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The History of Summerville Presbyterian Church

 

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In 1630 the members of a Congregational Church under the guidance of John White, gathered in the village of Dorchester, England for the purpose of encouraging members to sail to America in order to gain religious freedom from the Church of England.  Members of the church wished to worship God independently and without persecution.  Shortly thereafter, they set sail in a ship named “The Mary and John.” Seventy days later they landed on the shores of Massachusetts. They settled in Mattapan where they founded the town they named Dorchester, in honor of their roots.

In October 1695, in response to letters received from the people of Carolina requesting spiritual guidance, the people of Dorchester, Massachusetts organized a church with the descendants of the original English immigrants, “to go to Carolina and settle the gospel there.”  On December 14, 1695, the Rev. Joseph Lord and his followers, sailed at midnight in two boats.  They encountered a tremendous storm and one ship, the “Skiff,” nearly capsized.  After a day of fasting and prayer, they arrived, having taken fourteen days journey from Massachusetts to Carolina.  When they arrived, they fired three guns, announcing their arrival to the people of Carolina. Anticipating this arrival, the people of Carolina fired nine guns, “which was more than usual.”

A site, eighteen miles from Charleston, was chosen and named Dorchester, again, to honor their roots.  In February, under the branches of an oak tree, they took the first Sacrament of the Lord’s Supper and named their church, The Independent White Church, possibly after John White, the “Patriarch of Dorchester.”  The church became known as the Old White Meeting House. A wood church was first built. This structure was later followed by the construction of a brick building whose remnants can still be seen.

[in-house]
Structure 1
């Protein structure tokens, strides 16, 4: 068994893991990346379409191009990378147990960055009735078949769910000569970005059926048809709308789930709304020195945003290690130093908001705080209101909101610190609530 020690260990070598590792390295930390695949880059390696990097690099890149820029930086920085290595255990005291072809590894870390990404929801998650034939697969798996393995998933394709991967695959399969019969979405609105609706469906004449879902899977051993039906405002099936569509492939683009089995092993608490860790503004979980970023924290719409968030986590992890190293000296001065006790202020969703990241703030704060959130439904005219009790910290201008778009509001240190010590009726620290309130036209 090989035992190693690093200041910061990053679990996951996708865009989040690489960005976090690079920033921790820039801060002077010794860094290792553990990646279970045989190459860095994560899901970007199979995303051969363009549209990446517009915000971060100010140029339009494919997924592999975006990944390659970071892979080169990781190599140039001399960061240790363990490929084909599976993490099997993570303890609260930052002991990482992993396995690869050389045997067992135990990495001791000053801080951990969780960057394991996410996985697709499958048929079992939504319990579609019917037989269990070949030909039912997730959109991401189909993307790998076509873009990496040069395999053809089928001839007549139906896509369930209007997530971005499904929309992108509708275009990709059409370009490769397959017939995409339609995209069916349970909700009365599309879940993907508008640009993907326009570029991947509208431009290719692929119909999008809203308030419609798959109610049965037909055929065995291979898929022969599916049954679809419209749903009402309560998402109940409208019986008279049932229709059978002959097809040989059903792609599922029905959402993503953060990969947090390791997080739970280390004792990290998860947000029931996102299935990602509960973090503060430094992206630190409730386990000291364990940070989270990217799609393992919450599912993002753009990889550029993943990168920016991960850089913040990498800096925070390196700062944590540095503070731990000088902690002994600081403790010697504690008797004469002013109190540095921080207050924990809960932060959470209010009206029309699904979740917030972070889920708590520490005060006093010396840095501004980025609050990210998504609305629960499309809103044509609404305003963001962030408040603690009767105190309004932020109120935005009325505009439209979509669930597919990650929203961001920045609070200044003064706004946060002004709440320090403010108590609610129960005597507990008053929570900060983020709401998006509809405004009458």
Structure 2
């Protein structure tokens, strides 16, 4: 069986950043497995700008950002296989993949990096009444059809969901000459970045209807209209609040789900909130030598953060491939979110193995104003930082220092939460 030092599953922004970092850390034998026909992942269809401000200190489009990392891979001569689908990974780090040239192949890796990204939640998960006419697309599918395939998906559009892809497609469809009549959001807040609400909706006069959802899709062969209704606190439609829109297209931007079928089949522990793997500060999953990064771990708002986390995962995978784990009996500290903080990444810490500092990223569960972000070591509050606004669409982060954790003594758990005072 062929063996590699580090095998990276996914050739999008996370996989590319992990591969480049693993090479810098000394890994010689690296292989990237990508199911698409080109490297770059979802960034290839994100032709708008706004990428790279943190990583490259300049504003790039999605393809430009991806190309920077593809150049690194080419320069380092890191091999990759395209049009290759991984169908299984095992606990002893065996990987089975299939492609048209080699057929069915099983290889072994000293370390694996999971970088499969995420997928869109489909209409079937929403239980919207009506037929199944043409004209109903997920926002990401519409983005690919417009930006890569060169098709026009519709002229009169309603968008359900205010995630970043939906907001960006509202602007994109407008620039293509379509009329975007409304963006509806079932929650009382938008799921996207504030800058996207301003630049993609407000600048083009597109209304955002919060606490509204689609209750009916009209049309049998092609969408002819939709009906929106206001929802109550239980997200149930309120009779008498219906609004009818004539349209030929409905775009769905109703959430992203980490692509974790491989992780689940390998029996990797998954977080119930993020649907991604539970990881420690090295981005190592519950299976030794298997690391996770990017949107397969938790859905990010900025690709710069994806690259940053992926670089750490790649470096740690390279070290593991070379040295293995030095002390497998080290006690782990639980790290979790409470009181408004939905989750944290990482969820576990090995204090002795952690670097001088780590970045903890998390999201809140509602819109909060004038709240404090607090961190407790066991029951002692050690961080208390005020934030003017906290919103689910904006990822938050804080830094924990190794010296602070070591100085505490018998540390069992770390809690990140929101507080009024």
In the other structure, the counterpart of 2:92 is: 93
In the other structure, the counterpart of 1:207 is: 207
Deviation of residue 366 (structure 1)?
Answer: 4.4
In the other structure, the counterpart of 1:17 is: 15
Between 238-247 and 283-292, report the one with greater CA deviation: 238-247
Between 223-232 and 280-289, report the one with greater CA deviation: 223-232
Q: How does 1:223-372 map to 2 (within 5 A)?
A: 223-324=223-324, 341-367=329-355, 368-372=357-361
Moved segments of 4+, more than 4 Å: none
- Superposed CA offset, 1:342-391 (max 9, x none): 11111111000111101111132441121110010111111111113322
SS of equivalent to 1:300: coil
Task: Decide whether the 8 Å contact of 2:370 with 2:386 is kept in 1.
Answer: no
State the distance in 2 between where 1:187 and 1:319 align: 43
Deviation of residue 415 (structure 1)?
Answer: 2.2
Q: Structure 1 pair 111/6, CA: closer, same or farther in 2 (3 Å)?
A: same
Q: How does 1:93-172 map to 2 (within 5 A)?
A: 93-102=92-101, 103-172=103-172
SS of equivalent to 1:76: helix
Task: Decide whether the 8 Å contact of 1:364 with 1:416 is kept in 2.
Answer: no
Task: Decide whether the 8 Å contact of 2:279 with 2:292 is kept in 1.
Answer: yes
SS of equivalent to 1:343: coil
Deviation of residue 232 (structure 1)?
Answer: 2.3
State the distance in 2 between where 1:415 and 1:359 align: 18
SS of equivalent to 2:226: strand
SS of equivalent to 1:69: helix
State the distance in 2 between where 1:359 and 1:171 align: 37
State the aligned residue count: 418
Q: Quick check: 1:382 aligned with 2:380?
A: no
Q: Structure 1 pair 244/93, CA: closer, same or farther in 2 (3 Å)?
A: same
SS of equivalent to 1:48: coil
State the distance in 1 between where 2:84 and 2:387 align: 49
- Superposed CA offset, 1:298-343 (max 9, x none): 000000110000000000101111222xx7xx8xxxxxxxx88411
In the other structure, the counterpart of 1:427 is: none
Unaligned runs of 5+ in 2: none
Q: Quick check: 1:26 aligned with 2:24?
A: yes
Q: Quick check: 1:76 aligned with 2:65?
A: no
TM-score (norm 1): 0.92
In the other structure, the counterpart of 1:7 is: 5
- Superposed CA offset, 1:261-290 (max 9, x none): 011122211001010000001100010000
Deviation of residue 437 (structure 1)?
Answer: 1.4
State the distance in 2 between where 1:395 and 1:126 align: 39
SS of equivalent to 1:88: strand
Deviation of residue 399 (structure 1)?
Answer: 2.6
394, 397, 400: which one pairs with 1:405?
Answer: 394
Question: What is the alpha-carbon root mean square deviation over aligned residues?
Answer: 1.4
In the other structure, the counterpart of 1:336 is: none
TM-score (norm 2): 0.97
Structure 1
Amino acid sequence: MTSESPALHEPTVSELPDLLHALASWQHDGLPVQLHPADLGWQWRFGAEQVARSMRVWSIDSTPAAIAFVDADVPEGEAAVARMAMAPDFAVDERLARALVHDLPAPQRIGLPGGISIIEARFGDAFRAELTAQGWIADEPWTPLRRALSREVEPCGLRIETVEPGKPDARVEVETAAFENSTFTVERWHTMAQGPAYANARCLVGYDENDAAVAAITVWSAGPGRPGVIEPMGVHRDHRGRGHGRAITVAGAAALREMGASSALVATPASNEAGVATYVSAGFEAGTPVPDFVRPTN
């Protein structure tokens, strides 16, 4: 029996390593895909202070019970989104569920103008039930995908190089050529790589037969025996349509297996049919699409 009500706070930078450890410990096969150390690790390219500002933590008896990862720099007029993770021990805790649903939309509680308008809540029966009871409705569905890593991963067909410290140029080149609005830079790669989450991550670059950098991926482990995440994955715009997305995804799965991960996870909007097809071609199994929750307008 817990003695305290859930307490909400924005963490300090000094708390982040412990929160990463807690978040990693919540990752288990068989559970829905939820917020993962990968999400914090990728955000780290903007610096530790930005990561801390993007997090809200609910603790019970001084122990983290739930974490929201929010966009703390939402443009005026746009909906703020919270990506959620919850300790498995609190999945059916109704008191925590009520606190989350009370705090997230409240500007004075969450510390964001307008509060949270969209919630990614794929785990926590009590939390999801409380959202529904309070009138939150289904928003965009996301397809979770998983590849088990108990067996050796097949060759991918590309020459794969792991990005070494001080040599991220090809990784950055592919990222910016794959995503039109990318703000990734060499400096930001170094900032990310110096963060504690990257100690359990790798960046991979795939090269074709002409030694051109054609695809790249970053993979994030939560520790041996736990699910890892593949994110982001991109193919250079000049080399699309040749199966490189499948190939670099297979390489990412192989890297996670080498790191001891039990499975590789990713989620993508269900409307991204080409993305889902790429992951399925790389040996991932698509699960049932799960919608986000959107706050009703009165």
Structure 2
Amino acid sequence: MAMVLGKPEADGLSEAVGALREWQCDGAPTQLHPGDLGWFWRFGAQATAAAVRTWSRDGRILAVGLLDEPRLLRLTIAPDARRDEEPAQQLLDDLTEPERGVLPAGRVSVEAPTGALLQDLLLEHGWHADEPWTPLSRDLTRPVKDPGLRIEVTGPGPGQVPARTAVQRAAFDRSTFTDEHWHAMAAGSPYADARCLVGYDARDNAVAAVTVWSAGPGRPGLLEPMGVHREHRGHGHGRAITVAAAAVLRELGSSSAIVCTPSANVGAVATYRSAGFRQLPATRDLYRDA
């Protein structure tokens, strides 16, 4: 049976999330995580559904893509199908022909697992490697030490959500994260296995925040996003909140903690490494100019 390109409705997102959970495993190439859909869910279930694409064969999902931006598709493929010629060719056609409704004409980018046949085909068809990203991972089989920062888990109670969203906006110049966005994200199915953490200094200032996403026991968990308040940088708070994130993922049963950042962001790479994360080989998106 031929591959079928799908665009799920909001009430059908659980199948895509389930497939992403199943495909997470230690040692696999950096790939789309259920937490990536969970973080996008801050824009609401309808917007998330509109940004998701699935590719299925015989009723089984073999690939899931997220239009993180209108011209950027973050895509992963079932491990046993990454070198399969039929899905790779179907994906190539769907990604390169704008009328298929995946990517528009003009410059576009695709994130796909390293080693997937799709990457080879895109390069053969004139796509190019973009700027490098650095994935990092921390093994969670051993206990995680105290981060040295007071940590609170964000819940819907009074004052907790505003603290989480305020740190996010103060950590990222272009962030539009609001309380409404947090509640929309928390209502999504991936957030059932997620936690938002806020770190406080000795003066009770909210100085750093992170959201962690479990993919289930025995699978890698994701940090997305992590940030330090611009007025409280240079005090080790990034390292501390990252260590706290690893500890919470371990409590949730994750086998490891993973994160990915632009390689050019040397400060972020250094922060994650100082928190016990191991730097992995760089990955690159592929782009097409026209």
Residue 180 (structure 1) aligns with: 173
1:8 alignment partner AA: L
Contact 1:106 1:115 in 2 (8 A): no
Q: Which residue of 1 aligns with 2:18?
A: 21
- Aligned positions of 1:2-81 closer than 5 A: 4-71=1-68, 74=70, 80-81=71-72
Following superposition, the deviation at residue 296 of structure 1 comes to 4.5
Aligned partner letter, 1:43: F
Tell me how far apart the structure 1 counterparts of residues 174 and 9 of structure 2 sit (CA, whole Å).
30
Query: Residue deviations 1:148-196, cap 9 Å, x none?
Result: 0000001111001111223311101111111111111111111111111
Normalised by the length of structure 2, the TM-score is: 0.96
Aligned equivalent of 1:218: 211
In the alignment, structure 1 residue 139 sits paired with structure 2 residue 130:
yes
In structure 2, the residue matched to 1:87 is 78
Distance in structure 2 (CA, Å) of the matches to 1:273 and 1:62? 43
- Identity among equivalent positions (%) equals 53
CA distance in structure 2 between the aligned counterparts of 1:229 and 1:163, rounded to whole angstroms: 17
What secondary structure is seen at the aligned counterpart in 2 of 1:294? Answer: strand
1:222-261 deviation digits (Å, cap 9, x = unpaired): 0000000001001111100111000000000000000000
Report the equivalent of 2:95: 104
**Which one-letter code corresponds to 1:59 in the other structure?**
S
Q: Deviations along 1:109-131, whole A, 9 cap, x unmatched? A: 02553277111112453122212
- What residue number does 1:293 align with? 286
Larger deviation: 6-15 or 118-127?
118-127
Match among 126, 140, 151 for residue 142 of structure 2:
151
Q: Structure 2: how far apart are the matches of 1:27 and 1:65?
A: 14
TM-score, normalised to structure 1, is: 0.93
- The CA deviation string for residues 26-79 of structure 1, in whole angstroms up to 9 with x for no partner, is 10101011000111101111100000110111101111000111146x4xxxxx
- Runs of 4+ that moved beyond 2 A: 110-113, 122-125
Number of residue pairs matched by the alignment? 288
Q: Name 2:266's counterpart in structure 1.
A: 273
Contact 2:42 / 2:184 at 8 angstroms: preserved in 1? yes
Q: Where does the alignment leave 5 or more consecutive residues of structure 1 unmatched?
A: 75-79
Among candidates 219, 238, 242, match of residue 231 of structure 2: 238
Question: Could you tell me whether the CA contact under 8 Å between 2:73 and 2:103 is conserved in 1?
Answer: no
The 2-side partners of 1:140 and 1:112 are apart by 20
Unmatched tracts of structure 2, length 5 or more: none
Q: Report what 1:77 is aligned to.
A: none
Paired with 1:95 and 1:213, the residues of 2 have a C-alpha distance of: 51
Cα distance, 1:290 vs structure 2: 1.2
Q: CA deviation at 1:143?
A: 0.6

For nearly 52 years services were held in the Old White Meeting House; however, in 1752 the people of Dorchester migrated to Georgia.  The migration was due to the fact that they needed more land.  They settled in Midway, Georgia, an area which has since been a center of Presbyterian influence.

Throughout the Revolutionary War, the British occupied the church building and when they withdrew, burned its interior.  The walls were all that remained.  The interior was rebuilt and on July 19, 1794, for the first time since the end of the Revolutionary War in 1783, the United Independent Congregational Church of Dorchester and Beech Hill held worship. Services were then held alternately in the Dorchester and Beech Hill Churches. The Beech Hill Church was located in the Parish of St. Paul.  Unfortunately, nothing now remains of that church having long ago fallen into disrepair.

On February 22, 1846, Rev. George Sheldon observed the 150th anniversary of the building of the Old White Meeting House.  With Rev. Sheldon’s resignation later that year, fewer services were held in the Old White Meeting House and interest in a Summerville Church began.  Construction of “Summer Church” began in 1831. The supporters of Dorchester Church met in March of 1859 to ask the Charleston Presbytery to organize the Summerville Presbyterian Church.  The Presbytery met on June 9, 1859  and chartered Summerville Presbyterian Church.  By 1886, all that remained of the Old White Meeting House were its exterior walls, which were almost leveled by the earthquake of that year.  By 1894, the 1831 building was in disrepair and the sixty-six members undertook the formidable task of building our present sanctuary which was dedicated in 1895.

From Dorchester, England to Dorchester, Massachusetts to Dorchester, South Carolina to Summerville, the history of the congregation of Summerville Presbyterian Church spans four centuries.  May our congregation continue to grow and serve God for centuries to come.

 

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Information compiled by the Worship and Music Ministry Team of Summerville Presbyterian Church